As the healthcare industry continues to evolve, the role of infection prevention and control teams has begun to shift. There are several long-standing trends that have slowly started to require the knowledge and assessment of infection teams. It’s essential to be aware of the responsibility’s infection teams are being expected to take on, so we’ve compiled five trends that have been on our radar.
1.Changing design of healthcare facilities to be more patient-centric
It’s become increasingly evident that in-hospital patients want to feel as though they are at home or in a hotel during prolonged hospital visits. As healthcare becomes more of a consumer driven industry, it’s important for facilities to pay attention to patient needs. “It’s less clinical, it’s a calmer environment, and it’s focused primarily to increase that patient satisfaction score, or just their satisfaction period,” says Yves Crehore, RN and Product Manager at RLDatix.
Vendors are starting to manufacture non-clinical materials to create these types of environments, which requires infection control teams to investigate the appropriateness of these products in healthcare settings. Considerations include: How will the material be cleaned? How will it fit into the environment? What are specific risks with the material?
Another important consideration is whether these environmental changes will influence clinician and patient behaviour. Will hand hygiene or proper sterilisation procedures continue to be practised? Infection teams will have to develop new strategies to ensure that these measures are still being upheld.
2.Evolving hospital level care in non-hospital environments
Over the years, Walmart has slowly transitioned from filling prescriptions to opening urgent care clinics, and most recently, primary care clinics. They are one of many commercial and retail outlets that are moving into the healthcare industry.
Organisations following in this path require infection control teams that understand what comes with the territory of treating patients, specifically the spread of pathogens. “There’s an evolution that needs to occur into managing those potential transmission risks and they’re inherent in an intermingling population,” says Yves.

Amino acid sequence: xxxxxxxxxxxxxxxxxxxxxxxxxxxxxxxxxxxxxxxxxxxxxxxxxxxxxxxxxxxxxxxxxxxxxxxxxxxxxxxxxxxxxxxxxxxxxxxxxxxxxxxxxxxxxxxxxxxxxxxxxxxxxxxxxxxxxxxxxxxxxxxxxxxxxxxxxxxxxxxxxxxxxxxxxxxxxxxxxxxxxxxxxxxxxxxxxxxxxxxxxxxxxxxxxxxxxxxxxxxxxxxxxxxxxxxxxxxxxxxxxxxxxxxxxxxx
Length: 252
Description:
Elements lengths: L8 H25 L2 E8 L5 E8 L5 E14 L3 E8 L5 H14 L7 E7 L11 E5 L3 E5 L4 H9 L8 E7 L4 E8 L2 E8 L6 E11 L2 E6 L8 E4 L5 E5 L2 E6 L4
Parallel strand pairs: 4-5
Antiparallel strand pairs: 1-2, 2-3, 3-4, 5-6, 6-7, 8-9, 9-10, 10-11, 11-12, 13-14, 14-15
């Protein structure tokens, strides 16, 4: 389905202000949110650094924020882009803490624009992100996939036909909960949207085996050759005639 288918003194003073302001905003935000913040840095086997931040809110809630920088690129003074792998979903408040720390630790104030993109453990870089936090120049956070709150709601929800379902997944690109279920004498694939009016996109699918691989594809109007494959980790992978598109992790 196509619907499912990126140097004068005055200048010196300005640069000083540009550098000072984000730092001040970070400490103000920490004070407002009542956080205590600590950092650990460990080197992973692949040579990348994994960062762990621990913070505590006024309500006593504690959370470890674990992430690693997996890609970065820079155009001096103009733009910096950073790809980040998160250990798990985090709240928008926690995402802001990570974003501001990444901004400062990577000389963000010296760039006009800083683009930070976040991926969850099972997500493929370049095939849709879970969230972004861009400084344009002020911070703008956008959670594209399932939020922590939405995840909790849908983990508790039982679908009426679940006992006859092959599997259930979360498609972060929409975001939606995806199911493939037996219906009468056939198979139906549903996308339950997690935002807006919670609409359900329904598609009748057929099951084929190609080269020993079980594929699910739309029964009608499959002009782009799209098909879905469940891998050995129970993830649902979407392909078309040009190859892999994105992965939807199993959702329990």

3.Resurgence of old diseases
In the spring and summer of 2017, Minnesota’s health department combated a severe measles outbreak that over 8000 people were exposed to, with 72 cases being in children under 10 years of age. By the end of it all, an estimated $900,000 was spent just to get the outbreak under control.
This outbreak was predominantly due to the anti-vaxxer movement which has resulted in lower vaccine adherence rates and waning population immunity. For other viruses, such as the Zikka virus carried in mosquitoes, climate change is playing a large role in creating the warm temperatures that enables these pathogens to thrive and spread.
Infection control teams are increasingly required to push education to improve the general lack of information and misleading facts about disease prevention.
Resistance to antibiotics is a major patient safety concern for hospitals across the globe. In the United States alone, 2 million people become infected with antibiotic-resistant bacteria and about 23,000 die each year from these infections.
Fifty percent of antibiotics are not correctly prescribed or administered, which is one of the biggest sources of drug-resistant bacteria. “We’re running out of drugs rapidly and so any antimicrobial stewardship programs are key in trying to help us extend the life of these antibiotics while we look at alternatives,” says Yves.
Alternative measures include novel antibiotics which will be quite costly, or the use of phage therapy. Infection control teams will likely need to be consulted with the progression of this new therapy, specifically to learn about and approve the environments with which phages are grown and how patients are subsequently cared for.
5.Meaningful Data Analytics in Care
The data being collected by infection control teams is no longer just about the number, but the context surrounding that value. “We want to see and require data to be acted upon quickly and get ahead of that potential harm,” says Yves.
New tools that seek to automate these processes, improve trend analysis, and restructure data so that causation and correlation are easily discerned, are being driven by these new demands. “Being able to then select the right drug for the right bug at the right time is easily facilitated by electronic surveillance,” says Yves, “it makes it easier and quicker for the team to respond.” Improving these processes also frees up time for staff to investigate other data, perform their rounds and do floor audits, among other tasks.
RLDatix software is designed to help infection prevention and control teams act quickly, intervene early and better protect staff and patients.